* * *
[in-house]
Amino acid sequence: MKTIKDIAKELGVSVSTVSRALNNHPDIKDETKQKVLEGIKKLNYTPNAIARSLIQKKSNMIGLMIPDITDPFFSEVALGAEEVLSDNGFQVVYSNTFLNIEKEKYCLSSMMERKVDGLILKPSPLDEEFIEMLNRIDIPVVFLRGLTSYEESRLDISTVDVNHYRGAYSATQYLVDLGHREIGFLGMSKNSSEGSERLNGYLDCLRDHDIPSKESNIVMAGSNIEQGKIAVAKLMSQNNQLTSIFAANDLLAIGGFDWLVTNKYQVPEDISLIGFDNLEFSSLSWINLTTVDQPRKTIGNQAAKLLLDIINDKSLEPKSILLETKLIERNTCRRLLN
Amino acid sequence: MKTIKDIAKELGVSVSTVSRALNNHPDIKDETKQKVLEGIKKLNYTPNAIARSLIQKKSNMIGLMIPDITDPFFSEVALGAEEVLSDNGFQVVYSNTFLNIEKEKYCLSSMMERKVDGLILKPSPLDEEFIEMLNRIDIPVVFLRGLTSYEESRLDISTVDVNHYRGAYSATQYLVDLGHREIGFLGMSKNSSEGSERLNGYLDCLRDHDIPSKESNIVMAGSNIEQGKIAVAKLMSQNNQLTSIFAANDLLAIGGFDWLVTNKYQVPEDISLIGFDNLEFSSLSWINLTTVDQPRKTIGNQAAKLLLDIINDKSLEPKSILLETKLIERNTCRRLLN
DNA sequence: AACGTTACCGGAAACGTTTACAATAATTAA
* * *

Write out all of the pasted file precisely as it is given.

[in-house]
Amino acid sequence: MKTIKDIAKELGVSVSTVSRALNNHPDIKDETKQKVLEGIKKLNYTPNAIARSLIQKKSNMIGLMIPDITDPFFSEVALGAEEVLSDNGFQVVYSNTFLNIEKEKYCLSSMMERKVDGLILKPSPLDEEFIEMLNRIDIPVVFLRGLTSYEESRLDISTVDVNHYRGAYSATQYLVDLGHREIGFLGMSKNSSEGSERLNGYLDCLRDHDIPSKESNIVMAGSNIEQGKIAVAKLMSQNNQLTSIFAANDLLAIGGFDWLVTNKYQVPEDISLIGFDNLEFSSLSWINLTTVDQPRKTIGNQAAKLLLDIINDKSLEPKSILLETKLIERNTCRRLLN
Amino acid sequence: MKTIKDIAKELGVSVSTVSRALNNHPDIKDETKQKVLEGIKKLNYTPNAIARSLIQKKSNMIGLMIPDITDPFFSEVALGAEEVLSDNGFQVVYSNTFLNIEKEKYCLSSMMERKVDGLILKPSPLDEEFIEMLNRIDIPVVFLRGLTSYEESRLDISTVDVNHYRGAYSATQYLVDLGHREIGFLGMSKNSSEGSERLNGYLDCLRDHDIPSKESNIVMAGSNIEQGKIAVAKLMSQNNQLTSIFAANDLLAIGGFDWLVTNKYQVPEDISLIGFDNLEFSSLSWINLTTVDQPRKTIGNQAAKLLLDIINDKSLEPKSILLETKLIERNTCRRLLN
DNA sequence: AACGTTACCGGAAACGTTTACAATAATTAA